Determinants of Grade 12 Pass Rates in the Post-Apartheid South African Schooling System

Posted: 15 Jul 2009

See all articles by H. Bhorat

H. Bhorat

University of Cape Town (UCT) - Development Policy Research Unit

Morne Oosthuizen

University of Cape Town

Date Written: August 2009

Abstract

This paper utilises an educational production function approach on post-apartheid data that include both schooling and community-level information, in order to empirically estimate the key determinants of Grade 12 pass rates in 2000. Quantile regression techniques are applied, allowing for more nuanced information. The key results are, firstly, that the pupil-teacher ratio is insignificant in explaining pass rates for schools below the 95th percentile of the school performance distribution. Secondly, the impact of resources on performance is not strong and, where there is a significant effect, it is highly dependent on the resource in question and the metric utilised for the dependent variable. Thirdly, knowledge infrastructure may be important to understand the absolute and relative performance of schools. Fourthly, proxy variables for teacher and parent characteristics are strongly significant, and the former should probably be a priority focus for any policy programme aimed at improving Grade 12 performance levels in South Africa.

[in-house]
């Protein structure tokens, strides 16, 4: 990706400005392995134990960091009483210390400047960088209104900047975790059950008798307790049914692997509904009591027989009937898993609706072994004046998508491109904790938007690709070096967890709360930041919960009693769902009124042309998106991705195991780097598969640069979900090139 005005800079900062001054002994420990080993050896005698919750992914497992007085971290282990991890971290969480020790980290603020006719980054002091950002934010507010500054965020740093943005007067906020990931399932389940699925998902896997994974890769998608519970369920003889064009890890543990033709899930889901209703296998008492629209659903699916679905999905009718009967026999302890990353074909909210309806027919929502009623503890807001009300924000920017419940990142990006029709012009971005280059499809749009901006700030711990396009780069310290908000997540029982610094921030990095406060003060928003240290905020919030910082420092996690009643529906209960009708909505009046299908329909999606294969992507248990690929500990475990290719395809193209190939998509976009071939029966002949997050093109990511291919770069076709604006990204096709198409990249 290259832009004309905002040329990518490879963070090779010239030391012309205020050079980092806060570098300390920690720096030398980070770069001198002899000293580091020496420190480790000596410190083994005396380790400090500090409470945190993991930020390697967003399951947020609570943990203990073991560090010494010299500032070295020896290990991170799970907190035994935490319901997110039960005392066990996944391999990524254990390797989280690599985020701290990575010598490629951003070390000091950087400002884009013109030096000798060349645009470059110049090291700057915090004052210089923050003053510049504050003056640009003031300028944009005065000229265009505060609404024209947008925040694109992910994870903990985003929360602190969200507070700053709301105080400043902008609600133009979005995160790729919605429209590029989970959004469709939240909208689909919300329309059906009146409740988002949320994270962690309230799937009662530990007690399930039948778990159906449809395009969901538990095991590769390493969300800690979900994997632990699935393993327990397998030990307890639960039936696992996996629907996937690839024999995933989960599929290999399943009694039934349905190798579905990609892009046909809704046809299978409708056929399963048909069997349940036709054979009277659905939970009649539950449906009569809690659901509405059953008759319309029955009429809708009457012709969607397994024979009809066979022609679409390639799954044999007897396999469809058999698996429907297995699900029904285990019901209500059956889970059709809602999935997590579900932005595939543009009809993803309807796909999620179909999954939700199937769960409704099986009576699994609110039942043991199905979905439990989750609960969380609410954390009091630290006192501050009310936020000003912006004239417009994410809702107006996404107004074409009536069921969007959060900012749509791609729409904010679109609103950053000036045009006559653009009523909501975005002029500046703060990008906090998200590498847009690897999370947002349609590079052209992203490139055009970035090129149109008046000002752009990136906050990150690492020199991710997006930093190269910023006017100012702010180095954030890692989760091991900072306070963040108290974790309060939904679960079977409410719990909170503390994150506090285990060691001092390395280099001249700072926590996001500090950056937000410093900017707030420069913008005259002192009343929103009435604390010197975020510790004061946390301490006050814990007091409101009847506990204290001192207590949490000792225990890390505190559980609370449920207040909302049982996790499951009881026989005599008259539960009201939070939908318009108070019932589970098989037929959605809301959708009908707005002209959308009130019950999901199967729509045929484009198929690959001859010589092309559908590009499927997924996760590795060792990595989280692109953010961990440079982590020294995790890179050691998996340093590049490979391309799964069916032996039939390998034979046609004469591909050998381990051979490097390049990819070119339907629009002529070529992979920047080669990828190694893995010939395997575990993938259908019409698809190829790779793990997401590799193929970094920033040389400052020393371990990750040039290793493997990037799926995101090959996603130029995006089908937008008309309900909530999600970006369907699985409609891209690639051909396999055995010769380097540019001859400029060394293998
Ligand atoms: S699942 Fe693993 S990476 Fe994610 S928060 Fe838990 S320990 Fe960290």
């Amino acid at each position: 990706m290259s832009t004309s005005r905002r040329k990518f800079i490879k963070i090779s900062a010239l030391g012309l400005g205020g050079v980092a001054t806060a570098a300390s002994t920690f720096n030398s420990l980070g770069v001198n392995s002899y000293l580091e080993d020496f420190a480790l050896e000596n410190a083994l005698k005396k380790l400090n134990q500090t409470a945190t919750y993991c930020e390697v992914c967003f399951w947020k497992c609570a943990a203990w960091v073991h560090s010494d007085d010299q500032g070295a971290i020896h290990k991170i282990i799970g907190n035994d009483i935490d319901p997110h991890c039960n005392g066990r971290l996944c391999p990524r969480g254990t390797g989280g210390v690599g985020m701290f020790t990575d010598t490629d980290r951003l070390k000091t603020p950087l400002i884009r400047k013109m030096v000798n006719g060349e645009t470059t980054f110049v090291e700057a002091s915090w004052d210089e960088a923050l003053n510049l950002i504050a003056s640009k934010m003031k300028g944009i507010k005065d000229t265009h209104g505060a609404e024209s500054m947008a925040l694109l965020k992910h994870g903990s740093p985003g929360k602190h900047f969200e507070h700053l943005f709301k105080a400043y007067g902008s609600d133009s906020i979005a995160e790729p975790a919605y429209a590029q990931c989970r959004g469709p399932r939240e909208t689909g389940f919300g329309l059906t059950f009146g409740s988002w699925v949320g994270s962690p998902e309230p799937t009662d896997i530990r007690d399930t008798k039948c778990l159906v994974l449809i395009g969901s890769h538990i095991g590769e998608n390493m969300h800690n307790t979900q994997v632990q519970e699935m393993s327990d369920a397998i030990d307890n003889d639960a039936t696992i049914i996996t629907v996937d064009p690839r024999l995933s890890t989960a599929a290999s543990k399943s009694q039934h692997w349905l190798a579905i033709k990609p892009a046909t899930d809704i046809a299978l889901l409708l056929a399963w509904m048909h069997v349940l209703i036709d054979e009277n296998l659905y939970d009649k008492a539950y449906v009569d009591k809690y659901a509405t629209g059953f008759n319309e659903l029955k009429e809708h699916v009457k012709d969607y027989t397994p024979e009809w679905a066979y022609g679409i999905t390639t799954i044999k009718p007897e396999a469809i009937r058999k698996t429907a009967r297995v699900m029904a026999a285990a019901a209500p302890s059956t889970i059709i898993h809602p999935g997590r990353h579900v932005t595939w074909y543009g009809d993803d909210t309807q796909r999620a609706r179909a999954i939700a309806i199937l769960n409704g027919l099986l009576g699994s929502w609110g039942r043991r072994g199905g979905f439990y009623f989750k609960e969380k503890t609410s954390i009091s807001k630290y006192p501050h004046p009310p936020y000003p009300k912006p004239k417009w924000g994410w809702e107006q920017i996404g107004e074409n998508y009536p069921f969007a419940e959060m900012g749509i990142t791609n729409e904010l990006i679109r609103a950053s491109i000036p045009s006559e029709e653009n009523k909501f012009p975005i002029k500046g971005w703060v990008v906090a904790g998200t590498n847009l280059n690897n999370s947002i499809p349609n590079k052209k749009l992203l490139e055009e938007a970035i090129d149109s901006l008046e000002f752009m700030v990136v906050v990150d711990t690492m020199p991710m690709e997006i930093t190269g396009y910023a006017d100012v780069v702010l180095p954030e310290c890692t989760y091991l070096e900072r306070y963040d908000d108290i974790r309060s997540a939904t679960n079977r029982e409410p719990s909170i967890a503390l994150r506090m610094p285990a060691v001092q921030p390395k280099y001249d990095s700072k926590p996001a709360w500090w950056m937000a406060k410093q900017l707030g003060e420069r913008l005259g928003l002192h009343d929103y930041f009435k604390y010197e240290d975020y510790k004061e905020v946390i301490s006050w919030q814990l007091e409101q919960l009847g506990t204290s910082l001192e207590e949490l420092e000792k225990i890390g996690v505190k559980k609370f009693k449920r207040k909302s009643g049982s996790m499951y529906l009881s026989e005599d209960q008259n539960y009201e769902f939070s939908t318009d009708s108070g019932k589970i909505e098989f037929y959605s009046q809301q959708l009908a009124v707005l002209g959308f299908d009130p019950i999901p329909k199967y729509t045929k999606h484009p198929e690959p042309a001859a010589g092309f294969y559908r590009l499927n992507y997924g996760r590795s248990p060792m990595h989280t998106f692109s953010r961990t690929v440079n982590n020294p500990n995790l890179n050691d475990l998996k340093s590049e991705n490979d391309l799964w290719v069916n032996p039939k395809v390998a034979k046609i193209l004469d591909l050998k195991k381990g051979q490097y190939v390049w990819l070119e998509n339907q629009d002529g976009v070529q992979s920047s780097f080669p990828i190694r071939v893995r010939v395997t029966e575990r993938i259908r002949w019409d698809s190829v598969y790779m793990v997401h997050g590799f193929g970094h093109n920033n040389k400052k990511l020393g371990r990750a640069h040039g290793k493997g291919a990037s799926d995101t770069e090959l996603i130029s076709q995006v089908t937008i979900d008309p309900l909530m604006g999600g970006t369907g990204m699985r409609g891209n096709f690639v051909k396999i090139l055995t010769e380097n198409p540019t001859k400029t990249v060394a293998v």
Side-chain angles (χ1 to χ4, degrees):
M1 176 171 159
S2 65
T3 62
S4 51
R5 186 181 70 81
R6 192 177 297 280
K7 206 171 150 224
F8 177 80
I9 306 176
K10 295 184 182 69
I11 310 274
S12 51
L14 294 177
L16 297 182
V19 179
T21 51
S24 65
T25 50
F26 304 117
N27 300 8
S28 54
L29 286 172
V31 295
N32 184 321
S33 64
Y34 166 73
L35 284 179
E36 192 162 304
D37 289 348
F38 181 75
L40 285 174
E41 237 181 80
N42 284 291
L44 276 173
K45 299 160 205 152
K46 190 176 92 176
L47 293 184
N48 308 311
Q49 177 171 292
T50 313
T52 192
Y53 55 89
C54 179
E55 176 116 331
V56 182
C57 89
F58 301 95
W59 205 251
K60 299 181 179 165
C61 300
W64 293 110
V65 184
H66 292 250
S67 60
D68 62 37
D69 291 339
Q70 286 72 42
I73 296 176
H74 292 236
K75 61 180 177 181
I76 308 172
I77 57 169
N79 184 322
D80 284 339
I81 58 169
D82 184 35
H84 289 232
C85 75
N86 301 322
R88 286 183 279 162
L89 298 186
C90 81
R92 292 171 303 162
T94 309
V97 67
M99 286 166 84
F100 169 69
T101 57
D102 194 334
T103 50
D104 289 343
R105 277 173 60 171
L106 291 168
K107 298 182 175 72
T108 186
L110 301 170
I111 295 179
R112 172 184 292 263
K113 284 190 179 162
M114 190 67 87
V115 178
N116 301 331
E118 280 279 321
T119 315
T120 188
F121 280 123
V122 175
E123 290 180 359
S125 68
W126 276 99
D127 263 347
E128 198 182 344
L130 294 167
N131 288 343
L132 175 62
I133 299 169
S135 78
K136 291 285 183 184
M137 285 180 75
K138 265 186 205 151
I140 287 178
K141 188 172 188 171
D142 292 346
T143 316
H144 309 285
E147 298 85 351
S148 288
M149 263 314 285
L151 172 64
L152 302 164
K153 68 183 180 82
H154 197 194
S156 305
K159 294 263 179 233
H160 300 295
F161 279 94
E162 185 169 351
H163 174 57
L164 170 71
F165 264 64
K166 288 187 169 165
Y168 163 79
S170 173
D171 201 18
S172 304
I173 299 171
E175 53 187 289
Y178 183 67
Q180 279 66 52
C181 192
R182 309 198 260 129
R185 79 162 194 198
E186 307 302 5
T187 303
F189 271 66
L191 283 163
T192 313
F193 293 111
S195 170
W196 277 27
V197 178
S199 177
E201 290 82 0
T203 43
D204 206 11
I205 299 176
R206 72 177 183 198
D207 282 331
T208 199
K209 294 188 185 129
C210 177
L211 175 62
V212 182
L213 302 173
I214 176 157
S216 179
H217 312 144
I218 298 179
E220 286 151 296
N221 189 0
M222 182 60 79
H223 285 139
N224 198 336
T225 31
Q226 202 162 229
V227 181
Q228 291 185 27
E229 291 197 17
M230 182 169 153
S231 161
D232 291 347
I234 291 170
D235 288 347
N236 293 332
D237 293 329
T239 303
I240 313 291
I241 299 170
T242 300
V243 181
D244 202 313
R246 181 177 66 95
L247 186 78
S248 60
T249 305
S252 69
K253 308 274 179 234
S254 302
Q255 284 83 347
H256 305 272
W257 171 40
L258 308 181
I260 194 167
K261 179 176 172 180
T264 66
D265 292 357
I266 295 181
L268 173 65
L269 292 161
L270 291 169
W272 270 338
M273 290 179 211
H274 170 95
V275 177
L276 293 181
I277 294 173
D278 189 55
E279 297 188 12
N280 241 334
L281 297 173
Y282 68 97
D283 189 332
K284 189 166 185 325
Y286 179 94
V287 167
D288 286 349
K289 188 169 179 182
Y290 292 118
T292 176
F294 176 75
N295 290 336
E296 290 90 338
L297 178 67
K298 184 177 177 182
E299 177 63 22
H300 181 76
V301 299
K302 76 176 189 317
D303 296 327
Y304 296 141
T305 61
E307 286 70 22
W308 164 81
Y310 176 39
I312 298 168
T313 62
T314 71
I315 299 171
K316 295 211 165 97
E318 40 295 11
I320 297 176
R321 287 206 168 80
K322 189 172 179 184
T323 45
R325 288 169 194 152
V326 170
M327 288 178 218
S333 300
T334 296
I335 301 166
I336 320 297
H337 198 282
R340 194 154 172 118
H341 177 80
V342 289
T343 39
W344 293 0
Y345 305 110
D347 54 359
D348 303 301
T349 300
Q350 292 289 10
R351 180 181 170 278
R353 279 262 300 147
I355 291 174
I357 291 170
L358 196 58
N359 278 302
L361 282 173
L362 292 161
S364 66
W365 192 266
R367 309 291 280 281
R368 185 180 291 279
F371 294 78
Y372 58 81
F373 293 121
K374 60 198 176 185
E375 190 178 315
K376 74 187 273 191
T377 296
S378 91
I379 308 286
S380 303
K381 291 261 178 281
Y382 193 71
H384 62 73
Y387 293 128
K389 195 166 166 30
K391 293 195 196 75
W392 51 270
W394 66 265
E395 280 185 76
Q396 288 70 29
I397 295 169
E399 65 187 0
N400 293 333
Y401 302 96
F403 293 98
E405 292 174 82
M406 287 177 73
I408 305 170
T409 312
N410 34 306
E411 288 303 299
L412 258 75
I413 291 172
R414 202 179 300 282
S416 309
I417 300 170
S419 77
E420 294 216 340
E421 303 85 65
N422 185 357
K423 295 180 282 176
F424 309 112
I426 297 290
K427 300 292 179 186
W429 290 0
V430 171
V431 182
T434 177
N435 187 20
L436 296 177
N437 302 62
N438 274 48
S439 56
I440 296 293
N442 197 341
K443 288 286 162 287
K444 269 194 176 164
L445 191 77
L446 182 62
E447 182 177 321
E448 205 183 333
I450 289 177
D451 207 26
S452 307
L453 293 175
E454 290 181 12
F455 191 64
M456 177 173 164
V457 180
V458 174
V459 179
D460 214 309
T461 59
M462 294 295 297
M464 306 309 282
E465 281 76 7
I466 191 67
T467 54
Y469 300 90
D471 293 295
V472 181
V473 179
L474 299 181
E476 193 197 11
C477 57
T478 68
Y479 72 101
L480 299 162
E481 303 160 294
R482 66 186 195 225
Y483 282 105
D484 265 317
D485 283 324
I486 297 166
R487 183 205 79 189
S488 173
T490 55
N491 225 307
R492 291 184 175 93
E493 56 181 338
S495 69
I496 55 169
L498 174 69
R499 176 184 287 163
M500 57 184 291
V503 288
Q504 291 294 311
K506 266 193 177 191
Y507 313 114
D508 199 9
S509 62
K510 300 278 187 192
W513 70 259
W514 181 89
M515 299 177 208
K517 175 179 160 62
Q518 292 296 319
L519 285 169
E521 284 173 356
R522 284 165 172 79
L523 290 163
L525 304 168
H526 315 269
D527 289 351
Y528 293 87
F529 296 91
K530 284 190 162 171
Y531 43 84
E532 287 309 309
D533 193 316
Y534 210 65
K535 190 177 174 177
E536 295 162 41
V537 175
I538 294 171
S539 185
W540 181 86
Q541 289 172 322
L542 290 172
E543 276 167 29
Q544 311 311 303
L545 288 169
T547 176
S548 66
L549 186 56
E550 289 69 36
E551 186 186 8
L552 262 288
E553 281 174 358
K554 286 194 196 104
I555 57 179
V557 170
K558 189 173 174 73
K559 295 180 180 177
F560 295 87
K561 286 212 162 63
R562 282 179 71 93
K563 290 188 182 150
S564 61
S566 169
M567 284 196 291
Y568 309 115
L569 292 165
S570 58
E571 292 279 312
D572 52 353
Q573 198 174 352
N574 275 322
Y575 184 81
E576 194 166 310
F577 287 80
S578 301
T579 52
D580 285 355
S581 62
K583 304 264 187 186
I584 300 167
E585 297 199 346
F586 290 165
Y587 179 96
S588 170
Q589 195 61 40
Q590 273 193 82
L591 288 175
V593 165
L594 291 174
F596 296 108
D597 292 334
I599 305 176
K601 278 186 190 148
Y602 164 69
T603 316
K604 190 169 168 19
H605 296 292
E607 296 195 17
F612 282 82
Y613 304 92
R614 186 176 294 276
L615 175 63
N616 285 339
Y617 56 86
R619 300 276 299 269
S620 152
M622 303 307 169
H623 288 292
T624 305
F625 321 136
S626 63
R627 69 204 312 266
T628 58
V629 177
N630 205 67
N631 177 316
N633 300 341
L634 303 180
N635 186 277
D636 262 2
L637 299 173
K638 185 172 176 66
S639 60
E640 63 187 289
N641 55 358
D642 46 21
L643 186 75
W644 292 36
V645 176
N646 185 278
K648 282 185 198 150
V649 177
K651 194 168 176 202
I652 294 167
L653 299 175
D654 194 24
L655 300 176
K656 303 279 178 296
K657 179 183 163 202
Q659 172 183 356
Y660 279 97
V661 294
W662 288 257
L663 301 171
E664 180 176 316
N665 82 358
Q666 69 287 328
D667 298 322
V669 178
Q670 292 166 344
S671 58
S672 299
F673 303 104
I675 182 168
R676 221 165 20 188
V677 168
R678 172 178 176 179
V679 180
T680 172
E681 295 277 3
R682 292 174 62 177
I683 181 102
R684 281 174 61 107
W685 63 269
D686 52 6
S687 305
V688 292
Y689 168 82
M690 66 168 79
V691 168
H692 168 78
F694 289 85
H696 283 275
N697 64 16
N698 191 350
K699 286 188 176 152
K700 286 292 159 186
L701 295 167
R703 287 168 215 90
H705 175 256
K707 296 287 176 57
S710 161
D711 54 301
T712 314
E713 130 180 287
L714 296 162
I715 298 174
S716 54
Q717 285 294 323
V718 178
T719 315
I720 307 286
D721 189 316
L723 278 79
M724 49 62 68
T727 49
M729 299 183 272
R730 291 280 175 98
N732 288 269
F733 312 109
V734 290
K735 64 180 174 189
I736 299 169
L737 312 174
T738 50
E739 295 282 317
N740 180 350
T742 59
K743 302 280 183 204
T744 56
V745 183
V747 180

Keywords: I21, O15

Suggested Citation

Bhorat, Haroon I. and Oosthuizen, Morne, Determinants of Grade 12 Pass Rates in the Post-Apartheid South African Schooling System (August 2009). Journal of African Economies, Vol. 18, Issue 4, pp. 634-666, 2009. Available at SSRN: https://ssrn.com/abstract=1433980 or http://dx.doi.org/ejn027

Haroon I. Bhorat (Contact Author)

University of Cape Town (UCT) - Development Policy Research Unit ( email )

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Morne Oosthuizen

University of Cape Town ( email )

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